Kodak Black Arrested For Possession Of Oxycodone After A Traffic Stop
You don’t have to be a media personality or a veteran of the criminal justice system to know that police sometimes conduct traffic stops for no reason other than to start trouble. Anyone with a modicum of common sense or life experience knows that cars with deeply tinted windows stand out from the crowd, even in South Florida, where the bright, hot sun is so unrelenting that it is understandable to want to use the windshield of your car as an additional layer of sunglasses, even at night. Once your car is stopped, it is up to the police to invent all kinds of excuses to search your car or accuse you of all kinds of crimes. Whether a car smells like weed is a subjective judgment, and police K-9s are trained to respond to commands from officers; far from being objective, the K-9s are in on the charade. As unfair and humiliating as all of this is, remember that not every arrest leads to a criminal conviction, or even to formal criminal charges. Here, our Miami drug crimes defense lawyer explains how a South Florida rapper whose 25 years of life have already been a rollercoaster ride of encounters with the criminal justice system could soon face new charges.
Kodak Black and the Terrible, Horrible, No Good, Very Bad Year That Could Have Been a Lot Worse
Pompano Beach’s own Kodak Black has been a fixture of South Florida’s hip hop scene since he was in elementary school, and his history of legal troubles goes back almost that far. Not even including the cases against him when he was a juvenile, which are confidential because the courts seal juvenile criminal records when the defendant turns 18, he has been involved in cases that could have resulted in long prison sentences. The biggest incidents were the ones where he was arrested at the border in April 2019 when returning to the United States from Canada and charged with illegal possession of cannabis and a firearm and the alleged sexual assault of an 18-year-old student after a concert in South Carolina in February 2016. For much of his early 20s, his schedule was replete with court dates and court-ordered probation appointments and anger management classes, as well as concert appearances. He spent much of the second half of 2020 behind bars, serving concurrent prison sentences for two unrelated cases.
The year 2021 began on an auspicious note for Kodak Black; on January 19, his last day as president, Donald Trump commuted Kodak Black’s sentence, which led to his release from prison. Soon after, Kodak Black, whose legal name is Bill Kapri, was back in South Florida, but his legal troubles were not over. There was still the issue of the 2016 sexual assault case. In April 2021, Kodak Black took a plea deal and was sentenced to 18 months of probation. One of the terms of his probation was to undergo drug testing. The trouble started anew when Kodak Black tested positive for drugs; as a result, the court ordered him to complete 90 days of inpatient treatment for substance use disorder. Kodak Black completed the drug rehabilitation program in December. It was a refreshingly uneventful end to a year that could have been a lot worse.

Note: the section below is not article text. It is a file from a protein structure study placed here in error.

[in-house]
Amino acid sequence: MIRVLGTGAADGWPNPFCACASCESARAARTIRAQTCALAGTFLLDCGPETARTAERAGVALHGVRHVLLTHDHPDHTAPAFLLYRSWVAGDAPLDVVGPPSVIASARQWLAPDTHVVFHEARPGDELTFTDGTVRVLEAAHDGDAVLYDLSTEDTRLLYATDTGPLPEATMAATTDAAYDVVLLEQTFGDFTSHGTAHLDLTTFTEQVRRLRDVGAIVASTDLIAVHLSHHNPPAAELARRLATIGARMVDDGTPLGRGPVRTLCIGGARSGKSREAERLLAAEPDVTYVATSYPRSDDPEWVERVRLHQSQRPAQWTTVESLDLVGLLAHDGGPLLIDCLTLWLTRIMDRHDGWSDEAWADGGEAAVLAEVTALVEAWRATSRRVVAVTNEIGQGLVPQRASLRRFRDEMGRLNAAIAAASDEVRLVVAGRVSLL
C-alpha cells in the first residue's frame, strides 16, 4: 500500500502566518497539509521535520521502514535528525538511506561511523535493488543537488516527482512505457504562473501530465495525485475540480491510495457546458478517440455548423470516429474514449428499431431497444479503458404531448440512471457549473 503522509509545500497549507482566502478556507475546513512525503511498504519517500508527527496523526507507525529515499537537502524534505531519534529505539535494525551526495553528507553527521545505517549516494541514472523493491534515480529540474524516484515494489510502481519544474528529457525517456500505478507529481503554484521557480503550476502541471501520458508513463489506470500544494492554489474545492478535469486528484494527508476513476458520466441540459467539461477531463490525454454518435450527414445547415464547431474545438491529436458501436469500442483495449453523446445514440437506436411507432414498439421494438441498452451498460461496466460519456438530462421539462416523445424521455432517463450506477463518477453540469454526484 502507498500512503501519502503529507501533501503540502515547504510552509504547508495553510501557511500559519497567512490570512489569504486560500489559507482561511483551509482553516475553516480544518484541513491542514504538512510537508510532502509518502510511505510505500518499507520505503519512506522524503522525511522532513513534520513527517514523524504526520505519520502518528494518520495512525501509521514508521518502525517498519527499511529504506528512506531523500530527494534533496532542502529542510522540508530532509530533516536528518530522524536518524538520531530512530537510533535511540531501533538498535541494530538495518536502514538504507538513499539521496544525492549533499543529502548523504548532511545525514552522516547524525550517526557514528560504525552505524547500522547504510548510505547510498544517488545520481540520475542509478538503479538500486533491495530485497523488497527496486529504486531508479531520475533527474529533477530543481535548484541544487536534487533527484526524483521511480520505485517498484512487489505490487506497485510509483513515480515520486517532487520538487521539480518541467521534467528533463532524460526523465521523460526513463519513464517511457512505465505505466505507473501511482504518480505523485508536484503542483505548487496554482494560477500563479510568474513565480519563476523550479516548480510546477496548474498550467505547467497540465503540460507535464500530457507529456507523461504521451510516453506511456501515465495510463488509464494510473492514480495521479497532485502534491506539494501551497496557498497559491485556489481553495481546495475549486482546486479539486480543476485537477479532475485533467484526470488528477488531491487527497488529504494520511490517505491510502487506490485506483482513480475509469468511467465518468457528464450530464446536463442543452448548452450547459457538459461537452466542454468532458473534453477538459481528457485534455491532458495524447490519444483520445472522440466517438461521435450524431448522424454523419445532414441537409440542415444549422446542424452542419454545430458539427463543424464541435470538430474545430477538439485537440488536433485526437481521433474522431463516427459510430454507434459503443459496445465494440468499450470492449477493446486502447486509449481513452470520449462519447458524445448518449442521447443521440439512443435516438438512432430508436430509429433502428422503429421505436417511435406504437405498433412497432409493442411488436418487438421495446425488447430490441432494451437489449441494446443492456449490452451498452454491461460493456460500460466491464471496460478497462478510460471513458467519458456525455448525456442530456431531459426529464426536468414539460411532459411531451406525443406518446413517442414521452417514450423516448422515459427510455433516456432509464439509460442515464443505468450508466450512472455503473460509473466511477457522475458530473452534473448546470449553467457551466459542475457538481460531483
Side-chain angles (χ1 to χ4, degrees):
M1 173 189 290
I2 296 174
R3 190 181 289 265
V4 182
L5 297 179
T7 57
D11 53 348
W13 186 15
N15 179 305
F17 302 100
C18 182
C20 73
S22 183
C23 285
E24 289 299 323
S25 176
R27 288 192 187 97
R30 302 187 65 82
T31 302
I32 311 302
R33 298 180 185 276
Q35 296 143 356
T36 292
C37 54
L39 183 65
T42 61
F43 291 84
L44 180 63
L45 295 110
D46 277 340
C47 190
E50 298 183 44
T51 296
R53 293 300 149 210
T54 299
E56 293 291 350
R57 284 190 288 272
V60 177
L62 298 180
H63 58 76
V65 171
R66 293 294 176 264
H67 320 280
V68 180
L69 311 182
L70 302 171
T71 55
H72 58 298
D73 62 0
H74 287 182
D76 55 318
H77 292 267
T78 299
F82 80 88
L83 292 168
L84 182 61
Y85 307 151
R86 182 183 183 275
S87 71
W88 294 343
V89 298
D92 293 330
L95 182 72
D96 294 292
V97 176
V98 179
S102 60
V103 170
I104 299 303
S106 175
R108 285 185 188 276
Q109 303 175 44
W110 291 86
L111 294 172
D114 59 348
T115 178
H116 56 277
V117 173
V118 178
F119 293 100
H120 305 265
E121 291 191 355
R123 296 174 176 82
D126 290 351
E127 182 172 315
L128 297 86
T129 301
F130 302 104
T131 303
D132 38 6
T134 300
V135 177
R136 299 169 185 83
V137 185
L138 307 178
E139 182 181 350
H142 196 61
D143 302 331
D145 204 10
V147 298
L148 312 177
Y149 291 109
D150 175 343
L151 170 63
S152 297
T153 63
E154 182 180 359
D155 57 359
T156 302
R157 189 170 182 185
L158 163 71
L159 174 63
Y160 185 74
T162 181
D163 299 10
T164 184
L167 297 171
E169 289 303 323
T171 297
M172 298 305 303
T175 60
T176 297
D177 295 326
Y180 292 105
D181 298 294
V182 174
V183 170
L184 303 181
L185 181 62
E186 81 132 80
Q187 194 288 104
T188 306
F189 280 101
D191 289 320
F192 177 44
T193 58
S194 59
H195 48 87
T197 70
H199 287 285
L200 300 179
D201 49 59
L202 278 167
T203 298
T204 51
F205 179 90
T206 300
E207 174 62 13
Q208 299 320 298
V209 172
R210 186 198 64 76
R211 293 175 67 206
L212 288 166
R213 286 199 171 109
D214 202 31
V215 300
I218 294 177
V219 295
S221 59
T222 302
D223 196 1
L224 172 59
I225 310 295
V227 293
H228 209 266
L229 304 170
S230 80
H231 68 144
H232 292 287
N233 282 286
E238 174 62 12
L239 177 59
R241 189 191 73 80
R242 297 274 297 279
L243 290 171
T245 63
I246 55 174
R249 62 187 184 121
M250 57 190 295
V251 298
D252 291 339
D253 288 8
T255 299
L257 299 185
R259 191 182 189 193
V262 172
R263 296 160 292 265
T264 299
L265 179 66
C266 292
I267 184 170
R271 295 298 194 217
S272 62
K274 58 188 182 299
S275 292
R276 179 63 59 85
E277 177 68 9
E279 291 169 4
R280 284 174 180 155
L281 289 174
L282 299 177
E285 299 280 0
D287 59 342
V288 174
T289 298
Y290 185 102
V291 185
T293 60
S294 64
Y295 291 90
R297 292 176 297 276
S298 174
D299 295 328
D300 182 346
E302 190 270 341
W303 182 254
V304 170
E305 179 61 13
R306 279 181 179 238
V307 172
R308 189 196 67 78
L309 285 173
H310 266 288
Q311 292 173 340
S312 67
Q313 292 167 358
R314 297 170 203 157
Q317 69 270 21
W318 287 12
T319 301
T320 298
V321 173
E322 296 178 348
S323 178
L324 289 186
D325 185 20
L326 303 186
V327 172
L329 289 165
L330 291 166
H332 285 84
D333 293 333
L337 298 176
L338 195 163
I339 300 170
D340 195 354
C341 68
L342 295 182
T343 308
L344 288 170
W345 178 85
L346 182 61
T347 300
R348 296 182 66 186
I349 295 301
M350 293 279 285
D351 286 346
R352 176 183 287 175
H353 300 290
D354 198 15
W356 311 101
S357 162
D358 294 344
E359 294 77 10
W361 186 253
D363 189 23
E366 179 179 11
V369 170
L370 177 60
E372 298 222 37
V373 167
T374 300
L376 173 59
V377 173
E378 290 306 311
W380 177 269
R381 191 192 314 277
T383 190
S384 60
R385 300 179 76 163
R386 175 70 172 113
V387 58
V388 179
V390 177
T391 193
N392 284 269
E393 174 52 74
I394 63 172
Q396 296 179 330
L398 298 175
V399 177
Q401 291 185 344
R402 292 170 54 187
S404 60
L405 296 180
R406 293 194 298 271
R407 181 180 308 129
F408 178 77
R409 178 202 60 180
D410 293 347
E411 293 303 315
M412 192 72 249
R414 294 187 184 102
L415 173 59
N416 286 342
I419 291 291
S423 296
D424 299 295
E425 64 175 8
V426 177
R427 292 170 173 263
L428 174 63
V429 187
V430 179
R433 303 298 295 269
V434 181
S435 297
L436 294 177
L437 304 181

This year, 2022, started out looking like it was going to be another whirlwind of legal cases. Kodak Black was arrested on suspicion of trespassing on January 1, but prosecutors later declined to proceed with the case.
The Charges: Trafficking in Oxycodone and Possession of a Controlled Substance
Following a traffic stop in July 2022, Kodak Black is facing new criminal charges. Florida Highway Patrol troopers pulled over his SUV because its window tints were darker than the legal limit; they also discovered that his driver’s license and vehicle tag were expired. A trooper claimed that the car smelled like cannabis and searched the vehicle. The search yielded a plastic bag with 31 pills and a stash of about $75,000 in cash. An investigation revealed that the pills were oxycodone. Kodak Black was booked into jail; according to a statement from his lawyer, he plans to post bond and to fight the charges.
Contact Our Drug Crimes Defense Attorneys
The consequences for a drug conviction can be severe, especially if you have a prior criminal history, but you have the right to the presumption of innocence, a fair trial, and representation by a lawyer. A South Florida criminal defense lawyer can help you if you are being charged with drug trafficking or another drug-related offense. Contact Ratzan & Faccidomo in Miami, Florida for a free, confidential consultation about your case.